But getting back to the question about how we started…we took this core group of people and developed weekly small groups, and in March of 2009, we started bringing these small groups together once a month for some very light worship and then on October 4 of 2009 we began our semi-weekly worship service.
Obviously the focus of this blog is more towards the missional church and looking at different church structures. What is the structure of your church? What would the average month look like?
Honestly, it’s very much like your average evangelical church. This Fall we will have 4 weekly Sunday gatherings and have a few small groups distributed around the city and we’re looking at starting a Huddle and seeing how that goes. Maybe start a Missional Community? I guess we’ll see. We also have informal gatherings. I’ve tried to really tap those who are strong people-gatherers and have asked them to be proactive in getting people together to do fun things. Just trying to make it organic.
So as you think about the last 12 months of planting, what do you think worked really well?
That’s actually kind of a hard question to answer. I still feel like we’re caught in between our megachurch roots and the more missional, organic style.
We have certainly dug into our toolkit and can “put on” a good worship service. What we’re doing is pretty stripped down, though, but we feel good about it. One of our core group recently commented that she feels like she “can bring all of me” to our gatherings. And that was a big compliment. She meant that her doubts, questions, and earnest pursuit of God – whatever that looks like – was welcome. Again, that was very encouraging to hear.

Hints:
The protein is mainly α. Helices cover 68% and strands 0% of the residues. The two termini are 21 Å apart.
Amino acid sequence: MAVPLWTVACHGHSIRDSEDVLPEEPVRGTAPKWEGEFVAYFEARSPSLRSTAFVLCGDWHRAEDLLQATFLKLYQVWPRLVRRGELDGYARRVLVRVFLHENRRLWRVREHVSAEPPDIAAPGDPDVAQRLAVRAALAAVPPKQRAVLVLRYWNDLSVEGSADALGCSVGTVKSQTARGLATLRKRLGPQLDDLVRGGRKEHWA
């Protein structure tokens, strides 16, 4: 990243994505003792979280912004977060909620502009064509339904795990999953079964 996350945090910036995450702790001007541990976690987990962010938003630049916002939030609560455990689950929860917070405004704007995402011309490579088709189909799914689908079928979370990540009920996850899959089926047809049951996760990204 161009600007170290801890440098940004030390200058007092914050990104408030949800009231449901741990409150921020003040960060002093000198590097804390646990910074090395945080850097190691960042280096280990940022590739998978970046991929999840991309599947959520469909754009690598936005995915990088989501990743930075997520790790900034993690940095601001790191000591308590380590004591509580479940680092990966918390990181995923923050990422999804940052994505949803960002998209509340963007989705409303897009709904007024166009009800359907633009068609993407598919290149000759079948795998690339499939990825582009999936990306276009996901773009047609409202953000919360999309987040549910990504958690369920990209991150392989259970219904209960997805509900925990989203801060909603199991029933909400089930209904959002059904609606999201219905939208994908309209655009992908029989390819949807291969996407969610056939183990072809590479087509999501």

But the best things have probably been the organic, relational connections. I think there’s been a lot of life in that. It really seems to tap into the reality that people in Denver are often anti-church, yet hyper-relational. So the relational connections tap into the vibe that you find around here.
In the last 12 months, what hasn’t worked?
You know, I think we were pretty idealistic at the beginning. I guess that’s normal for church planters, right?
Before we were here we had people tell us to expect 80% of the Core Team to vanish within a year or two. And of course we thought, “No, that won’t happen to us.” Yeah, it definitely did.